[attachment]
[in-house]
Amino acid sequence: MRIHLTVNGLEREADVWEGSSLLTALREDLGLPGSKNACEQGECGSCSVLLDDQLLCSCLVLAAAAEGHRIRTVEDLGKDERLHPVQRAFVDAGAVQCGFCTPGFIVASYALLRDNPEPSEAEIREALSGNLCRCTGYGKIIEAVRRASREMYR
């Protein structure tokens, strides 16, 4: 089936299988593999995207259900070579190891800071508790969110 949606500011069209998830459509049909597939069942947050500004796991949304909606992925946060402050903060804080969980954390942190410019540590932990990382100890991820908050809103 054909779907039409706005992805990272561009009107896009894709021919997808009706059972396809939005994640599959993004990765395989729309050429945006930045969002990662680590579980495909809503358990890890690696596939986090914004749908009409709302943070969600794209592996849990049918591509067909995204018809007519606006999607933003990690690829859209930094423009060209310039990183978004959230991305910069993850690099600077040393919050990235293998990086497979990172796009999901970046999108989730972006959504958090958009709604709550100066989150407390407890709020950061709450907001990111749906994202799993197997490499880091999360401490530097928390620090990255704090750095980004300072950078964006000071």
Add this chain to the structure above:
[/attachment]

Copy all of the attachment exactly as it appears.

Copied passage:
[in-house]
Amino acid sequence: MRIHLTVNGLEREADVWEGSSLLTALREDLGLPGSKNACEQGECGSCSVLLDDQLLCSCLVLAAAAEGHRIRTVEDLGKDERLHPVQRAFVDAGAVQCGFCTPGFIVASYALLRDNPEPSEAEIREALSGNLCRCTGYGKIIEAVRRASREMYR
């Protein structure tokens, strides 16, 4: 089936299988593999995207259900070579190891800071508790969110 949606500011069209998830459509049909597939069942947050500004796991949304909606992925946060402050903060804080969980954390942190410019540590932990990382100890991820908050809103 054909779907039409706005992805990272561009009107896009894709021919997808009706059972396809939005994640599959993004990765395989729309050429945006930045969002990662680590579980495909809503358990890890690696596939986090914004749908009409709302943070969600794209592996849990049918591509067909995204018809007519606006999607933003990690690829859209930094423009060209310039990183978004959230991305910069993850690099600077040393919050990235293998990086497979990172796009999901970046999108989730972006959504958090958009709604709550100066989150407390407890709020950061709450907001990111749906994202799993197997490499880091999360401490530097928390620090990255704090750095980004300072950078964006000071």
Add this chain to the structure above: